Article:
• (Show?)

    Chuck, I'll be glad to support an increase in the federal minimum wage if you'll support repealing the indexing of Oregon's minimum wage.

    Of course, I realize keeping Oregon's unemployment rate among the highest in the country is really a full employment act . . . for Chuck Sheketoff.

    But then I guess you now have another job: President of the Wal-Mart Fan Club.

  • (Show?)

    Jack, quick quiz:

    (1) how many years since 1973 has Oregon's unemployment rate been below the national average?

    (2) Oregon raised its minimum wage in 1989, 1990, 1991, 1997, 1998 and 1999, yet from 1988 to 2000 Oregon's GSP growth outpaced the US average every year and from 1989 to 2000 Oregon had the second fastest growing economy in the nation based on real per capita growth in GSP, and the fourth fastest GSP growth among the states, leading the economists at the state employment office to pin Oregon's high unemployment during the Bush recession on what factors other than the minimumm wage?

    Double-click the Wal-Mart logo. To paraphrase Mo Udall, if nominated I will not run, if elected I will not serve.

  • (Show?)

    Jack, one more thing: the trade you are offering shows you don't respect the goals of or understand the position of organized labor, human services advocates, advocates for the poor, and the majority of Oregonians who repeatedly have supported increasing the minimum wage.

  • Ruth Adkins (unverified)

    Thank you Chuck for your great posts.

    To answer your question: yes it is time for Smith and other moderate Republicans to support an increase in the pathetically low Federal minimum wage.

    They should be supporting universal health care, while they are at it.

    Families can't survive without a decent wage and health care.

    Slightly off topic, but while tabling for Democracy for America the other night I was talking with a gentleman and the topic of Wal-Mart came up--he said he works for Costco and I said I'd had people tell me that "all those retail big box low-end jobs are the same" and how hypocritical it was to oppose Wal-Mart but not Costco. He volunteered that as a cashier at Costco, he makes $19 an hour with excellent health benefits. Now Costco Inc. seems to be surviving just fine, doesn't it? And they have employees who are healthy, happy, and prosperous. What a concept.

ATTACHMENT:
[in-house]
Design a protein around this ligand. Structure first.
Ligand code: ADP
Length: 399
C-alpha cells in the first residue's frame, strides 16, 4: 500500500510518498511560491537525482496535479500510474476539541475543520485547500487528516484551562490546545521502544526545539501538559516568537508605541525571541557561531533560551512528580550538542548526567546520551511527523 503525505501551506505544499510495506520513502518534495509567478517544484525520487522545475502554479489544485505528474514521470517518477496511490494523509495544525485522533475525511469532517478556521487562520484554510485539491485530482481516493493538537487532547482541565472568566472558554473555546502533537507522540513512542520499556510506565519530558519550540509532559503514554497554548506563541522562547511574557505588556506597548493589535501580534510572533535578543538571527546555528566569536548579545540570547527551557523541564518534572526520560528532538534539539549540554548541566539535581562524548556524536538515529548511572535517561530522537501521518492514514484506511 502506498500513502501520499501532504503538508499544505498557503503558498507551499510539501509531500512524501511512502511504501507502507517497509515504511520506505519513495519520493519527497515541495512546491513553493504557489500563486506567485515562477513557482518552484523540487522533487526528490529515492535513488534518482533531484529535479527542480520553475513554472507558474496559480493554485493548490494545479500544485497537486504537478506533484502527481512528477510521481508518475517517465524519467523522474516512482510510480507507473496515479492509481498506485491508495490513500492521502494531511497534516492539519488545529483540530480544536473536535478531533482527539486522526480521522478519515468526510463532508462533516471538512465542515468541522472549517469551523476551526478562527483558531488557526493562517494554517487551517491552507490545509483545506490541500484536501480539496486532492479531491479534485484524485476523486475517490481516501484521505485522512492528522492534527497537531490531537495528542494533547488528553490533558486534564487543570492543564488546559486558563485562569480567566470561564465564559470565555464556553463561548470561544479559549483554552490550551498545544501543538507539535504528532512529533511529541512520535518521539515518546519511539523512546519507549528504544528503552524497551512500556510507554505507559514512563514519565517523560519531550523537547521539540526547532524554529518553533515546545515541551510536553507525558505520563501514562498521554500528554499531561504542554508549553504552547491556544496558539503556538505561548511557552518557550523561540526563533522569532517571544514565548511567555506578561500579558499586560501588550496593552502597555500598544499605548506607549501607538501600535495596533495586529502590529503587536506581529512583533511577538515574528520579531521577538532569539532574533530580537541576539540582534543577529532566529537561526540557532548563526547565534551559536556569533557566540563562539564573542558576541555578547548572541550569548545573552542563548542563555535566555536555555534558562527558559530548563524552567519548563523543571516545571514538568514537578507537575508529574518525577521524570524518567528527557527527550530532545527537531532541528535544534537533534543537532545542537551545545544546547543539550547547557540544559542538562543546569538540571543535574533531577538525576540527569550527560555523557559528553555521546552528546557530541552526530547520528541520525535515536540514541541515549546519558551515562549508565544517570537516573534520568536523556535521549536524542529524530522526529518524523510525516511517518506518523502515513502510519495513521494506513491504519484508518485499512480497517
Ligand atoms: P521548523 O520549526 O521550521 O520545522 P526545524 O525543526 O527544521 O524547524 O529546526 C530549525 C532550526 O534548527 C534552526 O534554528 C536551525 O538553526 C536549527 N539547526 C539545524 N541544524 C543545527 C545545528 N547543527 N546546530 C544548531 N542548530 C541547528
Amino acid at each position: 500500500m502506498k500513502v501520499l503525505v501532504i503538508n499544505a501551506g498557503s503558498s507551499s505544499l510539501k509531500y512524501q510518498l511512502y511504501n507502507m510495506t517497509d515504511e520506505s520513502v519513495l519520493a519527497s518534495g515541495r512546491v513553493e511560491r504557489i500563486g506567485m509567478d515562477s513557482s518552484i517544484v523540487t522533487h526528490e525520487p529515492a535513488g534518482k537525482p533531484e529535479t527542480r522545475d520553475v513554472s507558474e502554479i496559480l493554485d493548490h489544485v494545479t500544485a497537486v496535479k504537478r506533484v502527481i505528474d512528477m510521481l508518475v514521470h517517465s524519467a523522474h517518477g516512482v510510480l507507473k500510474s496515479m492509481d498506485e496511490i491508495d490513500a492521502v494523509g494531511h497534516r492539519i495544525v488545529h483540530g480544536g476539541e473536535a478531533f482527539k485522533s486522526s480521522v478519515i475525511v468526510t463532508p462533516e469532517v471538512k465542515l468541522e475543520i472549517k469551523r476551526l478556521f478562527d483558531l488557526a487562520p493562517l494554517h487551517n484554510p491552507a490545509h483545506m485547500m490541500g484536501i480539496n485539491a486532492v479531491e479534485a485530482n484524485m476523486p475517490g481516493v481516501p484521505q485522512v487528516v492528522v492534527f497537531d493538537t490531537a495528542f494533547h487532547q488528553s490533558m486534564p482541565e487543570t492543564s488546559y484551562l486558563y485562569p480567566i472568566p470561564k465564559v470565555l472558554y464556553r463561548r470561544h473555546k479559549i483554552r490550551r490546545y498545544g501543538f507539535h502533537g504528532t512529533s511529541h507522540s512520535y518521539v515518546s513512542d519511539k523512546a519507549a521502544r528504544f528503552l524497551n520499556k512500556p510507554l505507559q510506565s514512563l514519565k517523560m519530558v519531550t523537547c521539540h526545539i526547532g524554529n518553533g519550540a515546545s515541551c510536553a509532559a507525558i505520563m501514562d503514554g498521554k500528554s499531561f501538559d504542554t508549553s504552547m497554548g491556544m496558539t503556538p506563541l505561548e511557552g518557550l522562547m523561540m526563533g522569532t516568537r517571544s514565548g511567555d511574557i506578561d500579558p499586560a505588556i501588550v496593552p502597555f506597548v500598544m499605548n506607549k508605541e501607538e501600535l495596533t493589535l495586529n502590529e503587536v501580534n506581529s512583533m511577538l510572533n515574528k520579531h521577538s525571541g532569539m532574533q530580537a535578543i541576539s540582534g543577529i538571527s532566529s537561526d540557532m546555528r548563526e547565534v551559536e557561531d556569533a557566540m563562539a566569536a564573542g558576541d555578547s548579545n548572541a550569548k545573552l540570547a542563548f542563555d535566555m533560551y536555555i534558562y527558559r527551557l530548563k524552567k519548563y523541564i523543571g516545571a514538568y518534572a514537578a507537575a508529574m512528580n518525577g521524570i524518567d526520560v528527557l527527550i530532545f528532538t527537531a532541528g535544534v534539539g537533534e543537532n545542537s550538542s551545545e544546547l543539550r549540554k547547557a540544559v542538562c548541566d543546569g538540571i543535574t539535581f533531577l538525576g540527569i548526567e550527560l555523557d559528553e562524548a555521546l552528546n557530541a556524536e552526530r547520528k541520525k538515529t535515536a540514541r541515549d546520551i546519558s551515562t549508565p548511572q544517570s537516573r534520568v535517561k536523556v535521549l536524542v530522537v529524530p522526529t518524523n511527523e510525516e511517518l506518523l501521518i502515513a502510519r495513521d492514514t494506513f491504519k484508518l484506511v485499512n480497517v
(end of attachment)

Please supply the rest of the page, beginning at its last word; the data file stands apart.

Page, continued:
• (Show?)

    Chuck, you've just given a great example of why labor has lost so much of its political clout in recent years.

    First, the attitude that you are either with labor 100% of the time or you are an enemy has made it very difficult to form alliances on individual issues of importance to labor.

    Second, the idea that sosme people disagree with labor on an issue automatically means they "don't respect the goals of or understand the position" of labor or other well-intentioned groups again makes it very hard to promote a constructive dialogue or seek workable compromises.

    For the record, I publicly supported increasing the federal minimum wage when I was labor commissioner, urged our congressional delegation to vote for the increase, called Senator Hatfield and personally thanked him when he did vote for it (along with Congressman Jim Bunn, who Democrats later ran ads wrongly accusing of having opposed it).

    Where I have parted company with labor is over increases since 1996 that I believe have pushed too far, too fast (and now automatically indexes one of the highest minimum wages in the country) because I think it has substantially contributed to our high unemployment--particularly in rural Oregon where, unlike the country as a whole, unemployment is substantially above unemployment in urban Oregon.

    I understand that reasonable people can take a different position on issues like this. I just think it helps to have the intellectual security to permit people to have differing opinions without demonizing them.

  • Steve (unverified)

    On the other end of the spectrum, an employer Mr Sheketoff likes to malign for its tax breaks is building 2 new plants in Hillsboro.

    I believe all of these new Intel jobs will pay well above any min wage, so they haven't totally screwed over Oregon..

connect with blueoregon